A vote for autonomy in Bolivia's richest state passed overwhelmingly, but opponents claim that absenteeism undermined the mandate of the movement to loosen ties with leftist President Evo Morales' central government.
Whatever the turnout, the politically charged election appears to have boosted the bargaining power of the autonomy leaders. Morales quickly invited state governors for negotiations following the balloting.
Early partial returns, along with exit polls by pro-autonomy news media, showed the Santa Cruz autonomy referendum passing in a landslide. But vote totals and turnout figures were not immediately available Monday.
With little independent monitoring of the vote, both sides had plenty of room to interpret the results in their favor.
Morales said the referendum failed, citing media reports indicating that 39 percent of voters had stayed home. He called for "a true autonomy, for the people, and not just certain groups — an autonomy that permits the people to decide their destiny."
The government-run news service, the Bolivian Information Agency, claimed an abstention rate of 40 to 45 percent, while the main daily newspaper in Santa Cruz, the pro-autonomy El Deber, reported it at 26 percent.
Santa Cruz, a stronghold of conservative anti-Morales opposition, called the referendum in hopes of separating the eastern lowland state's freewheeling capitalism and mixed-blood heritage from Morales' vision of a communal state ruled by Indian values.
The spreading autonomy movement has replaced traditional political parties as Morales' chief opposition: Three other eastern states hold similar autonomy votes next month, and two more are considering such a move.
At stake is natural gas revenue
Santa Cruz leaders want to keep a bigger slice of the state's key natural gas revenues to keep up with its booming population.
Its powerful business class also hopes to shelter vast soy plantations and cattle ranches from Morales' plan to redistribute land to the poor.
Morales, the country's first indigenous president, argues that he needs a strong central government to spread Santa Cruz's wealth to the rest of Bolivia, South America's poorest country.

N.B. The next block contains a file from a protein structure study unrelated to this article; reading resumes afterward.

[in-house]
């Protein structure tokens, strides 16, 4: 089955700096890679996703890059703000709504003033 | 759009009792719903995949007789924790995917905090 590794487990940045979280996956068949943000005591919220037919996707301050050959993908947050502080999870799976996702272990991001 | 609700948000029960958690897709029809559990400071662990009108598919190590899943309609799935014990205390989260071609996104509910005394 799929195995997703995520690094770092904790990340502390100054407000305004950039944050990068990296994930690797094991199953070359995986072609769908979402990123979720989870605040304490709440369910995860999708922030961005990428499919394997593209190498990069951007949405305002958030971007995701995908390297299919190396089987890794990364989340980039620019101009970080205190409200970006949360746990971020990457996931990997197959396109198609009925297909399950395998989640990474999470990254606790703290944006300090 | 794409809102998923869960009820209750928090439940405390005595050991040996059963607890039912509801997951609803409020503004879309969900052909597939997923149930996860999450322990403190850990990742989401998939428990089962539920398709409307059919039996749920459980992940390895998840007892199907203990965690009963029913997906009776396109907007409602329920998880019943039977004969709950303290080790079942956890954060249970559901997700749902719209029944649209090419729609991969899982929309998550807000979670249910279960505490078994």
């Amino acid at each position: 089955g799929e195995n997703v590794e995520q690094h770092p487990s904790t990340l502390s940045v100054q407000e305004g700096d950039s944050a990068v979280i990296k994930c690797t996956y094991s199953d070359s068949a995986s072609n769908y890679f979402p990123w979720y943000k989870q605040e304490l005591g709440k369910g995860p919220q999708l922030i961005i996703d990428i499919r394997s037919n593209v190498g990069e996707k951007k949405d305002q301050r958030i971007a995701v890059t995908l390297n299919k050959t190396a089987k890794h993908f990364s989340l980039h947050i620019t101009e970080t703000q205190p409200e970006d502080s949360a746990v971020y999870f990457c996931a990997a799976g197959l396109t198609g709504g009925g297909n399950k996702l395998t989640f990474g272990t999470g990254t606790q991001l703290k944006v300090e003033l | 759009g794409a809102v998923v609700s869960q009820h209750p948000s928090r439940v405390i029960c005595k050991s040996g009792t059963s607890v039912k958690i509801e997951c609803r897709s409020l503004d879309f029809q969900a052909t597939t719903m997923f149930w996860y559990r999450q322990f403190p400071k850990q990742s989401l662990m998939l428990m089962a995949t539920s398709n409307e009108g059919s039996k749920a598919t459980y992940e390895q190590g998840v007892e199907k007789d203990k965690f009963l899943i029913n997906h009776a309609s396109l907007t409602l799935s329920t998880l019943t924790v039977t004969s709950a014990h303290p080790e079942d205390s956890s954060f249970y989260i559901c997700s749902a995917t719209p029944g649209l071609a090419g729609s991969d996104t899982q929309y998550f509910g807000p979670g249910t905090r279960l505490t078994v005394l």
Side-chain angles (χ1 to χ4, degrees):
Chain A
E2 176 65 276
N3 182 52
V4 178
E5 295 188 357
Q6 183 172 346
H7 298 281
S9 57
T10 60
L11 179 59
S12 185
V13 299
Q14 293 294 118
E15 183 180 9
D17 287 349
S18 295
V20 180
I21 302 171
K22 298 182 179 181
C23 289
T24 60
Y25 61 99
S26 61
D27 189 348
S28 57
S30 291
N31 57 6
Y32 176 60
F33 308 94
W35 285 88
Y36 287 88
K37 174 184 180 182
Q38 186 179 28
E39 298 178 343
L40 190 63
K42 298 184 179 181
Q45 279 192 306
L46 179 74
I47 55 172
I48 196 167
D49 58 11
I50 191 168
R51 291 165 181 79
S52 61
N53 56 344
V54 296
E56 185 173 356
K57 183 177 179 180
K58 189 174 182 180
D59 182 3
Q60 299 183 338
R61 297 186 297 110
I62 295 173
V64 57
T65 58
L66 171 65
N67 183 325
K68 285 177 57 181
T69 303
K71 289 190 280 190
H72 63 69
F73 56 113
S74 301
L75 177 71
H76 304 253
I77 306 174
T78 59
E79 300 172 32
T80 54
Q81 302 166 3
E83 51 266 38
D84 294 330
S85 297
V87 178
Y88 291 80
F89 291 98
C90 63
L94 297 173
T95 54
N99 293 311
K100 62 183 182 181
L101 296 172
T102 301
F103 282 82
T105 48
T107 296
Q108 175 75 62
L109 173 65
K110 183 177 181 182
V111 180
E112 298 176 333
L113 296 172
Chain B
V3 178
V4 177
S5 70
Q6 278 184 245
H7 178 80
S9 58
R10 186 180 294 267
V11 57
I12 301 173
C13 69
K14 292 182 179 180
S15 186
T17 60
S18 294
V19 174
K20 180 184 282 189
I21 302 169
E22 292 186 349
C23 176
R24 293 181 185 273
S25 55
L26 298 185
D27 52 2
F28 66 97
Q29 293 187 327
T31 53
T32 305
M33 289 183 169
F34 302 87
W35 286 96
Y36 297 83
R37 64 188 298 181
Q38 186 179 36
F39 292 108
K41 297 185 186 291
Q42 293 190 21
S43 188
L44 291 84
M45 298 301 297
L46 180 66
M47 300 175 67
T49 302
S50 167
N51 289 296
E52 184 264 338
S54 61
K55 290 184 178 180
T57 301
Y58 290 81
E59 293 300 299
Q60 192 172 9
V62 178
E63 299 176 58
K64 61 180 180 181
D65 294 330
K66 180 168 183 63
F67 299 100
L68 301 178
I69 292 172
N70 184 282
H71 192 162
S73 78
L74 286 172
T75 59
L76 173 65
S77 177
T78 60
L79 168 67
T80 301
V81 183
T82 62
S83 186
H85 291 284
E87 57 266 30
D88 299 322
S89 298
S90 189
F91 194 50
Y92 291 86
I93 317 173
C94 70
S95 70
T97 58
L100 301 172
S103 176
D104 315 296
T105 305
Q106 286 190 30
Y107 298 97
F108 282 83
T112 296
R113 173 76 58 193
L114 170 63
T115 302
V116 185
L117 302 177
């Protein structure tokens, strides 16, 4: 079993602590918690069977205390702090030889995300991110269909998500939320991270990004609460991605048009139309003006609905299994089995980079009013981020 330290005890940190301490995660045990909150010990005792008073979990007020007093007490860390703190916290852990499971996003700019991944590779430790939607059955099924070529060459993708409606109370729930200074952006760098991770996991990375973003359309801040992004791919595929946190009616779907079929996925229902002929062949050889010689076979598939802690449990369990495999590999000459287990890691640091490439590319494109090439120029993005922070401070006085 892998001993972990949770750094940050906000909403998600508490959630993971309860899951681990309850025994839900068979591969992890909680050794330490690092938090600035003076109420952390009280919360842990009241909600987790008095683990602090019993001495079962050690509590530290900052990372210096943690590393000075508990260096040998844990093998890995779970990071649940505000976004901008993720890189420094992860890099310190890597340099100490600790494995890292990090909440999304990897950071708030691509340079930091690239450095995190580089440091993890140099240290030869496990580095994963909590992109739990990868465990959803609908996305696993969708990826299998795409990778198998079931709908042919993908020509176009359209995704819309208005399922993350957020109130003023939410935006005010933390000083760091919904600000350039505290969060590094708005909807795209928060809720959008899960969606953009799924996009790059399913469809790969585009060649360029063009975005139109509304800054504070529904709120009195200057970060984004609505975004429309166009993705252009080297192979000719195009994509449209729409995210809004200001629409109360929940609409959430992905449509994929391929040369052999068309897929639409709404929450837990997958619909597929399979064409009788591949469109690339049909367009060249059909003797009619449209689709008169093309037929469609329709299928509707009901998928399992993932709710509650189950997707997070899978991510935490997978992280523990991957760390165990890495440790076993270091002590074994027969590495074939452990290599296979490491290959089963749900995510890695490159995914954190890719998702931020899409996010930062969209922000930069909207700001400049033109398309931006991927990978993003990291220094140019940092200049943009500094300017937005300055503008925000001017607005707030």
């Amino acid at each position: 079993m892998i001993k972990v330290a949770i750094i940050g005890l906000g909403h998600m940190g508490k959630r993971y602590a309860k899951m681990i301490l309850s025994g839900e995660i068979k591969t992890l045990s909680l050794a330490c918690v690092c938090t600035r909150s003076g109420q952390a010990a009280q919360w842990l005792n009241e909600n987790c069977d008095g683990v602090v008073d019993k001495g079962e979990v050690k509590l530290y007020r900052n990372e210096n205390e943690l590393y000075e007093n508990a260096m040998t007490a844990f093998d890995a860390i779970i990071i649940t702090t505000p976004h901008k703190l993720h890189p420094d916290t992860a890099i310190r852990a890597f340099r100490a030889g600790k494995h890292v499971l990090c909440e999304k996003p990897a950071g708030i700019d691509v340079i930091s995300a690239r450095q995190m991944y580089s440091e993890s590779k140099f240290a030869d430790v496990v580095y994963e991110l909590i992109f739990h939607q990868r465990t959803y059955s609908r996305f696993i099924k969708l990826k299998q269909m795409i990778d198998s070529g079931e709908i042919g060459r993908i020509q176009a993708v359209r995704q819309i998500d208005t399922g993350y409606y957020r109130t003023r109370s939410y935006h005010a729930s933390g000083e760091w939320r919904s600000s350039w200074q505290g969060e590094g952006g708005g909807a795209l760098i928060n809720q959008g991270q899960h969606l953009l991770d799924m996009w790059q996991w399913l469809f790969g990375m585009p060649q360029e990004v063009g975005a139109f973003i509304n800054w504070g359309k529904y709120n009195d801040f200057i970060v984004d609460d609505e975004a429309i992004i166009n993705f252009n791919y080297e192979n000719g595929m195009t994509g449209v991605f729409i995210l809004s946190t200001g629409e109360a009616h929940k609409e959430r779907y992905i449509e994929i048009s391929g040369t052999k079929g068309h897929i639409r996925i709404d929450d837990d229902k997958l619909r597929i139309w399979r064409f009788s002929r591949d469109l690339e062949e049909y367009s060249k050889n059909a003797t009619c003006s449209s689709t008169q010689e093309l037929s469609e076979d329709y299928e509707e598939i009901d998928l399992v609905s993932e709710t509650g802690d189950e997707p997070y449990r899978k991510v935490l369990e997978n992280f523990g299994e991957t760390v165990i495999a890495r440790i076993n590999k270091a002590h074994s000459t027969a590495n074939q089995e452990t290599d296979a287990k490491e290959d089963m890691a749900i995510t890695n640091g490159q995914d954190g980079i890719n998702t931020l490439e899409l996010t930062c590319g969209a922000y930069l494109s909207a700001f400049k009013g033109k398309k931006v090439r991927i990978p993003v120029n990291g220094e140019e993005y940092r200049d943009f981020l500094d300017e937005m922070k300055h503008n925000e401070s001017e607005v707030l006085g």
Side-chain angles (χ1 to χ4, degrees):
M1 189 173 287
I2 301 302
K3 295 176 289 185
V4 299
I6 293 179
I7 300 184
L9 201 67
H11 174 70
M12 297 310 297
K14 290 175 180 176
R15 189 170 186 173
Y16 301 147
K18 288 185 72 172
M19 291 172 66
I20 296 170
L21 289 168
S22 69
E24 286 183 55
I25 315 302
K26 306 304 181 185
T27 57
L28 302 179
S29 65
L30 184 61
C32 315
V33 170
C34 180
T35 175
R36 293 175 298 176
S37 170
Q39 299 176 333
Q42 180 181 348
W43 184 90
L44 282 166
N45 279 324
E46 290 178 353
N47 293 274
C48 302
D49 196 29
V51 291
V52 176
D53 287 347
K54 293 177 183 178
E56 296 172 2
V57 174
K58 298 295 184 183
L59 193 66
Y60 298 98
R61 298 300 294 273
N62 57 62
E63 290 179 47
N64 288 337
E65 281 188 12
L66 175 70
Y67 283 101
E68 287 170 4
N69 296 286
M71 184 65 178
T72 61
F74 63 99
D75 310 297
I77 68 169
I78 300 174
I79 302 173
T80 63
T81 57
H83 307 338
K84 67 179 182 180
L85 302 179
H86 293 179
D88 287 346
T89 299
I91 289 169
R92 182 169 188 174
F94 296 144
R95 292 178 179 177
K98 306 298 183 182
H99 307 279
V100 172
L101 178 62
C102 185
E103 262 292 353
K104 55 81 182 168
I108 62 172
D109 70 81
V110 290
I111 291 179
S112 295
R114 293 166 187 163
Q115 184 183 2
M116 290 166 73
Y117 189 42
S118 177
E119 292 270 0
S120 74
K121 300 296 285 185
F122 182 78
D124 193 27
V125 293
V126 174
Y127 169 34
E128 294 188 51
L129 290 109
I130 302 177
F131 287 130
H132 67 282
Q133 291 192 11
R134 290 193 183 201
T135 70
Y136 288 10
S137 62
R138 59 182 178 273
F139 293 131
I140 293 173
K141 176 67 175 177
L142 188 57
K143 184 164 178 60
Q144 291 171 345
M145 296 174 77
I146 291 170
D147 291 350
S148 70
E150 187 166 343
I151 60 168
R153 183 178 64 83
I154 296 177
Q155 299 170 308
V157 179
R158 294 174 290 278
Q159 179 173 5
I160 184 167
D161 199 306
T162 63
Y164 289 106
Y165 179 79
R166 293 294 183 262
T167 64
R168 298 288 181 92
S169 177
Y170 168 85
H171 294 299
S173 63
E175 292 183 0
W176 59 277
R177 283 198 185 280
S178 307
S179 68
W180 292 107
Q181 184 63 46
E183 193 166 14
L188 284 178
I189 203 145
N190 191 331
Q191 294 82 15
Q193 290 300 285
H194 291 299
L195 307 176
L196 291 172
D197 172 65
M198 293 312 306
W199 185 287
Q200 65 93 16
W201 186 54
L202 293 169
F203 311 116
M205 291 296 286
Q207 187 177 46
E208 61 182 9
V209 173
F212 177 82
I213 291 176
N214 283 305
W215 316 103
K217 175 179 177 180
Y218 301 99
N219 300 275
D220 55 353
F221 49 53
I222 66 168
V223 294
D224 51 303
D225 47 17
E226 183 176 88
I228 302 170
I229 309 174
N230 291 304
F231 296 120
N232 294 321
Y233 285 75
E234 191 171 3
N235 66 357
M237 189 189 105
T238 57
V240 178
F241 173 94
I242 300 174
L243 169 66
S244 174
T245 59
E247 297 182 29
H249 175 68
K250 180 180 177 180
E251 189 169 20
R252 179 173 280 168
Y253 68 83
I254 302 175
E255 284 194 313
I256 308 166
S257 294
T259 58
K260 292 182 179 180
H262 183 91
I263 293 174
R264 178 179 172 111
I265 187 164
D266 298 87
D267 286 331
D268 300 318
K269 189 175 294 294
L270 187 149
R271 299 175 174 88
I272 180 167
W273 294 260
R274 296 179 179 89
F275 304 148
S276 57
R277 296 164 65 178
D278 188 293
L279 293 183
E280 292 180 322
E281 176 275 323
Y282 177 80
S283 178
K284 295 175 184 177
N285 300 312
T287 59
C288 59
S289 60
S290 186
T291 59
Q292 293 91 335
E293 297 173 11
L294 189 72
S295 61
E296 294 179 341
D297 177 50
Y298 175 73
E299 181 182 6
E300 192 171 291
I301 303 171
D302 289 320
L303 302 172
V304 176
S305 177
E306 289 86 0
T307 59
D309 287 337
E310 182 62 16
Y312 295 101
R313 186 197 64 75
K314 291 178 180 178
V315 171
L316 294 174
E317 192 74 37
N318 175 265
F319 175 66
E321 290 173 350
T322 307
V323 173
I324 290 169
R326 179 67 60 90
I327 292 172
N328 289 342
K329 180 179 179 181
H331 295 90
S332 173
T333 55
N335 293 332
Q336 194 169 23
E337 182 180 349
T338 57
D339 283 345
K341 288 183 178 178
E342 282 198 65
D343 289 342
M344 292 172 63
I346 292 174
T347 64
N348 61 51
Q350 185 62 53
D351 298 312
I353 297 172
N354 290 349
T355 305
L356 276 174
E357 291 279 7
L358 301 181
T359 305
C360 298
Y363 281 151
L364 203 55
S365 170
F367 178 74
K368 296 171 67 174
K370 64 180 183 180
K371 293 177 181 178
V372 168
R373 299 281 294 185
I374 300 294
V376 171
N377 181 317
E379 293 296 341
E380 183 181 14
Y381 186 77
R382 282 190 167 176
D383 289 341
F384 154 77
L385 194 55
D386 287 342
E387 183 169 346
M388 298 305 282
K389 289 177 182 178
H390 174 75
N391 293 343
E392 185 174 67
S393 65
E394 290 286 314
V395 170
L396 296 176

Santa Cruz residents drove through the streets Sunday night honking and cheering in celebration, and local leaders declared that voters had embraced the autonomy cause.
State Gov. Ruben Costas told supporters gathered under the palm trees in the central plaza of the state's namesake capital city they had "begun the most transcendental reform in national memory."
It is not clear how autonomy would alter Bolivia's heavily centralized government, which until 2005 allowed presidents to name political cronies as governors of Bolivia's nine states.
The statutes up for approval Sunday create local powers common in many countries, including a state legislature and police force. But the more ambitious clauses bear the distinct ring of nationhood: control of the state's land distribution and the right to sign international treaties, among others.
No intent to secede
Santa Cruz leaders insist they have no intention of seceding — a move that would find little support on a continent packed with Morales' leftist allies.
Morales called the measure illegal, unconstitutional and dictatorial, noting that the referendum went ahead despite an order to postpone it by Bolivia's top electoral court.
In his television address, Morales congratulated groups of demonstrators for taking to the streets to block the vote.
Their clashes with autonomy supporters injured at least 25 people across Santa Cruz state.
The conflict was centered in the poor Santa Cruz neighborhood of Plan 3000, a bastion of Morales support populated by Indian immigrants from the poorer western highlands
Relatives of a 70-year-old man said he was killed when police fired tear gas to break up one scuffle. The death could not be confirmed by authorities.